The Government responds to Gema Igual and considers it “illegal” to force a homeless person to go to a shelter

Last summer, the mayor of Santander, Gema Igual, asked the Government of Cantabria to create a working group to address “the problem of homeless people who live on the streets in the city and who decline to use services such as the Princess Letizia Center.” to stay.” During her meeting with the counselor of the Presidency, Isabel Urrutia, the councilor put on the table studying the possibility that the professionals of the Marqués de Valdecilla University Hospital evaluate these people to check if they have any type of mental disorder, as a prior step to their transfer to a reception center.

According to the Minister of Social Inclusion, Youth, Families and Equality, Begoña Gómez del Río, this formula does not comply with the law. «Individual freedom prevails. People’s rights must always be respected. We have to adjust to current regulations and, accordingly, respect the decision of all people,” replies the person responsible for the social services of the autonomous community. Gómez del Río details that the regional Administration, even if it wanted to, does not have any room for maneuver because this issue is regulated by state regulations.

In any case, the head of the department does consider that the public powers “have the obligation to offer resources” to the nearly 300 people who live on the streets in Cantabria, according to the latest estimate made by Cáritas. In this sense, she anticipates that starting in 2024 the Government of Cantabria will collaborate with the Princesa Letizia municipal center, which “not only welcomes people from Santander, but also from Cantabria.” Furthermore, the regional Executive remembers that there are other models to help these people beyond reception. Models that “are being experimented in other autonomous communities and that we like.”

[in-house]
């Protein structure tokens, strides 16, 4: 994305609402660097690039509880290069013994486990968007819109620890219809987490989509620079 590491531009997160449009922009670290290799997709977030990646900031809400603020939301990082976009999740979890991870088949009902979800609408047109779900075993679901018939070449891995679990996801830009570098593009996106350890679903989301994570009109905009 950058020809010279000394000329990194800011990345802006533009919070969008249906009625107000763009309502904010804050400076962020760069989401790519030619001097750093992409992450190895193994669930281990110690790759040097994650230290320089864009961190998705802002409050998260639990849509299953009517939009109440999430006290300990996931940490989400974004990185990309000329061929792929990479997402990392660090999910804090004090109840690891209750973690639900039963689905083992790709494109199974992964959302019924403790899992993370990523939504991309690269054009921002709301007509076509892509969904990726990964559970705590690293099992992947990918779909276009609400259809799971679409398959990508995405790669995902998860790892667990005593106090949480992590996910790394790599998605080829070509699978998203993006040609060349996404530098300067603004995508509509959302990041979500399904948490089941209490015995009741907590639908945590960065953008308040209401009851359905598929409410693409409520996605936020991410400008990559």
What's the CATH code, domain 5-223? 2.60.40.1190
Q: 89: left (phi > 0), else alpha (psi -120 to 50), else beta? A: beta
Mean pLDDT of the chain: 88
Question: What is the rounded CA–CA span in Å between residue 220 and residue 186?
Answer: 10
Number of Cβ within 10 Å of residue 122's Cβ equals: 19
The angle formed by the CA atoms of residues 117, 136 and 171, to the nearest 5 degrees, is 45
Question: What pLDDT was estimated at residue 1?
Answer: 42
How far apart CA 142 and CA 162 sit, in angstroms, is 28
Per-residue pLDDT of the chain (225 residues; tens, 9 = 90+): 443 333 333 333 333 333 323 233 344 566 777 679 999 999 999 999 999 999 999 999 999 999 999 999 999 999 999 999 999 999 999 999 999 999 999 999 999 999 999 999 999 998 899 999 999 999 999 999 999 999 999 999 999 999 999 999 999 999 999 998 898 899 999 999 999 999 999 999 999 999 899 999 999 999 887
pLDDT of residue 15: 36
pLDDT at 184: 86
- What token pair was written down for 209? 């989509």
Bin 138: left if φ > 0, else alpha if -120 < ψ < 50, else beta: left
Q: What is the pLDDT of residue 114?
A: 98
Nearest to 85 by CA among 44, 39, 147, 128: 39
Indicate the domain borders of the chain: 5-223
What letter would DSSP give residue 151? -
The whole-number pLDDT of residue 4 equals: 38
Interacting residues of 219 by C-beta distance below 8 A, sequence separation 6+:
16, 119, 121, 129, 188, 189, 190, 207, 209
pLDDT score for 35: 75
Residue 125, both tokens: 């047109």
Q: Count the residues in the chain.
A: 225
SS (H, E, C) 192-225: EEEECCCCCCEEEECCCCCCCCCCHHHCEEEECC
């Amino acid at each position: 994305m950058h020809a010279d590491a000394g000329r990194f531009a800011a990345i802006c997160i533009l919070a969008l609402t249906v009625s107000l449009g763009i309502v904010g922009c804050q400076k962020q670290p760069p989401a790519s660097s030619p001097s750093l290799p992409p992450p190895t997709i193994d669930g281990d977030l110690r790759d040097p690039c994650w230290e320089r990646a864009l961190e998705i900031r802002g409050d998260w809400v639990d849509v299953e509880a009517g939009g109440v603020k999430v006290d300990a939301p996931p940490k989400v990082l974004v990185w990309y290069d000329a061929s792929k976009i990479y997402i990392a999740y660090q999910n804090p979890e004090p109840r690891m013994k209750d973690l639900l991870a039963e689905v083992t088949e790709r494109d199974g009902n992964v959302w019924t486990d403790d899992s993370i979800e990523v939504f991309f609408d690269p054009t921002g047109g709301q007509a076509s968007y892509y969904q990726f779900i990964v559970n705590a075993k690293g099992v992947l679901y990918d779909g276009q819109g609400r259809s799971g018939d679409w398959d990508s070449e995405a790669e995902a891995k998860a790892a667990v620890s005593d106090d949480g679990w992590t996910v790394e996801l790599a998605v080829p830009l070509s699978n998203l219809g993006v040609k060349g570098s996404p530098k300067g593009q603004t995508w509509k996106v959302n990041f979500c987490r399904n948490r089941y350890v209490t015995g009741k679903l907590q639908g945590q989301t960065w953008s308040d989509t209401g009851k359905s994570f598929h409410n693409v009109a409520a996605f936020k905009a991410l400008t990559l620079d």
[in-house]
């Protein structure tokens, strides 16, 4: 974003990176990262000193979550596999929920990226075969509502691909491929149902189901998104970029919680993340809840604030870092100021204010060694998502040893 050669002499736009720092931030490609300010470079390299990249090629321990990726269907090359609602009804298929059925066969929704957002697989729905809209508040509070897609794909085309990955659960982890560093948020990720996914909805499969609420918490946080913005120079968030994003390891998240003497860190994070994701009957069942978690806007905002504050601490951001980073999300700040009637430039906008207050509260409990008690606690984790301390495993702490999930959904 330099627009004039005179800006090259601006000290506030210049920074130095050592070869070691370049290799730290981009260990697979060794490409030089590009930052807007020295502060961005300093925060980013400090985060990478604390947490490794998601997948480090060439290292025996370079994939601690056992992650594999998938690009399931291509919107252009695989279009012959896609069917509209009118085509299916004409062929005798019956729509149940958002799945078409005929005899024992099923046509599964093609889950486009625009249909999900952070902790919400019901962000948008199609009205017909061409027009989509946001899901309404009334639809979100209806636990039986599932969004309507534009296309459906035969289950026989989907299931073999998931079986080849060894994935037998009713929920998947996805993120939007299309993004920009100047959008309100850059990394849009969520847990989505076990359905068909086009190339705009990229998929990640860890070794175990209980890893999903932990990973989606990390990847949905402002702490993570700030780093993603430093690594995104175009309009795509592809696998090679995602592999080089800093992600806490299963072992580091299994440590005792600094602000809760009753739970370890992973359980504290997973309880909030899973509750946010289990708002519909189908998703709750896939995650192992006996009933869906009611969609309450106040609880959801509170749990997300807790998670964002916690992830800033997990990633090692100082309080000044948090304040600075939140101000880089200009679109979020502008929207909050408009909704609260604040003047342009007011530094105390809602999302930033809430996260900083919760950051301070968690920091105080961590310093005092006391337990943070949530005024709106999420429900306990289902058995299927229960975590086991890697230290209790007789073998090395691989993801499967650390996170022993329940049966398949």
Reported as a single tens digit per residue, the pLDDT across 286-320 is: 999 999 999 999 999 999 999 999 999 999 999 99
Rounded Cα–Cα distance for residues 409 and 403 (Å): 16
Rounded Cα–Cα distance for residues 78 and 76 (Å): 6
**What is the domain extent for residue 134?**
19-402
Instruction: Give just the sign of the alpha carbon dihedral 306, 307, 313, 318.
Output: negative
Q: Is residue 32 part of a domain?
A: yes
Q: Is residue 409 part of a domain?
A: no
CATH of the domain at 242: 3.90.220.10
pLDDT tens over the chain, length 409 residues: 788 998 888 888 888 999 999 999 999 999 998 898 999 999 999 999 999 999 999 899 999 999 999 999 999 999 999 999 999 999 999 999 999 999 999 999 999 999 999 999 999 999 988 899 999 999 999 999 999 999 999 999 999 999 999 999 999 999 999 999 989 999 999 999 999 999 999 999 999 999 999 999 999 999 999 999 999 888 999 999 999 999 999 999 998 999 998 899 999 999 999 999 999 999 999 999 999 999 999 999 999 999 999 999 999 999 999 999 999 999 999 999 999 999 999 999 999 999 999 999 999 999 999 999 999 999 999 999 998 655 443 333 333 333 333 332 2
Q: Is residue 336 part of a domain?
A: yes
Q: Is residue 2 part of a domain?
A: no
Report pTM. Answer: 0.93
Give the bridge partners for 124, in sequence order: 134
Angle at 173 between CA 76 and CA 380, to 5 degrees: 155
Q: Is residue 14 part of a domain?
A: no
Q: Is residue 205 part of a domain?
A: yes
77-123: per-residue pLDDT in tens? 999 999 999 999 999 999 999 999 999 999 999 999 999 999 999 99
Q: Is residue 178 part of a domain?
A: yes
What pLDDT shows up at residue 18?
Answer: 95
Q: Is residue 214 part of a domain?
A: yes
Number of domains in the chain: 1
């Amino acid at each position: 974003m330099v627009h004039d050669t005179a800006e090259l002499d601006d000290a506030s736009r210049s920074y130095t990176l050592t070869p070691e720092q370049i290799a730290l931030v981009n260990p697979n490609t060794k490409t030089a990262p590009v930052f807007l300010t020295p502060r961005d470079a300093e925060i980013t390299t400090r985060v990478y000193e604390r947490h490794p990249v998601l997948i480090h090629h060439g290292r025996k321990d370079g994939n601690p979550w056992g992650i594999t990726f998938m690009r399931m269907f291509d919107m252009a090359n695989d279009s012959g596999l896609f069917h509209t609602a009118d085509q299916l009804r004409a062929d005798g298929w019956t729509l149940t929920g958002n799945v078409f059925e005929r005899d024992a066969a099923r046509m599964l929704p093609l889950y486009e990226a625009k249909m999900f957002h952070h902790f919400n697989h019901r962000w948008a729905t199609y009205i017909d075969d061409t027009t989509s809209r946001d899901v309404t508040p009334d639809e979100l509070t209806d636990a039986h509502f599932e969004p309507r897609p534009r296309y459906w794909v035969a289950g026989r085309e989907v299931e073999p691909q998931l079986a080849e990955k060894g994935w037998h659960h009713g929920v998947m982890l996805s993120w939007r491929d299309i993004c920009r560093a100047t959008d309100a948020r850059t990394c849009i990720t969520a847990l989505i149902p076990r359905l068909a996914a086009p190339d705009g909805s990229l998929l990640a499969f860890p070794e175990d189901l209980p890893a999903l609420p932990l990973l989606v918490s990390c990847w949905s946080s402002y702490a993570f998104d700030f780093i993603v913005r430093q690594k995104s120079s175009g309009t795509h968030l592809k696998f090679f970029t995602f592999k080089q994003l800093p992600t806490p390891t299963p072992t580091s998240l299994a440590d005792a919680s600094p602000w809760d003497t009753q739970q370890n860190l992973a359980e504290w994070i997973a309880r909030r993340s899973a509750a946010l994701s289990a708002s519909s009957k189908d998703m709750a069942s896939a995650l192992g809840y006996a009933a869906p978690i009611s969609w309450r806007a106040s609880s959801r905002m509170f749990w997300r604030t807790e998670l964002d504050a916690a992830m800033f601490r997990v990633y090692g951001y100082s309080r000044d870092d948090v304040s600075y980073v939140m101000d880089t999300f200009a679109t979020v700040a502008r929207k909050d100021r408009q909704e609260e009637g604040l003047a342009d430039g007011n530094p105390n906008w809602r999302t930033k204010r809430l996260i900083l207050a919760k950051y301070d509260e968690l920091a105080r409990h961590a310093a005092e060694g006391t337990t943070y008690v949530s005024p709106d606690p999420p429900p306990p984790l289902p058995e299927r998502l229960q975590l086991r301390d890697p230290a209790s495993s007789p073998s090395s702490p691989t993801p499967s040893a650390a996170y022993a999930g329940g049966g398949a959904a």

If the Cantabria Budgets for next year go ahead, the Ministry of Inclusion will have an allocation of 2,130,000 euros for the acquisition of 20 homes through the Cantabrian Institute of Social Services (Icass). They will serve to create a network for homeless people. It will be done within the framework of the ‘Housing First’ program, a model of intervention with people who live on the streets and which was born in the United States in the 1990s.

This system “turns housing into a priority element in the person’s inclusion process, accompanied by the support of a technical team – with periodic visits – that is based on respect for the person and their self-determination.”

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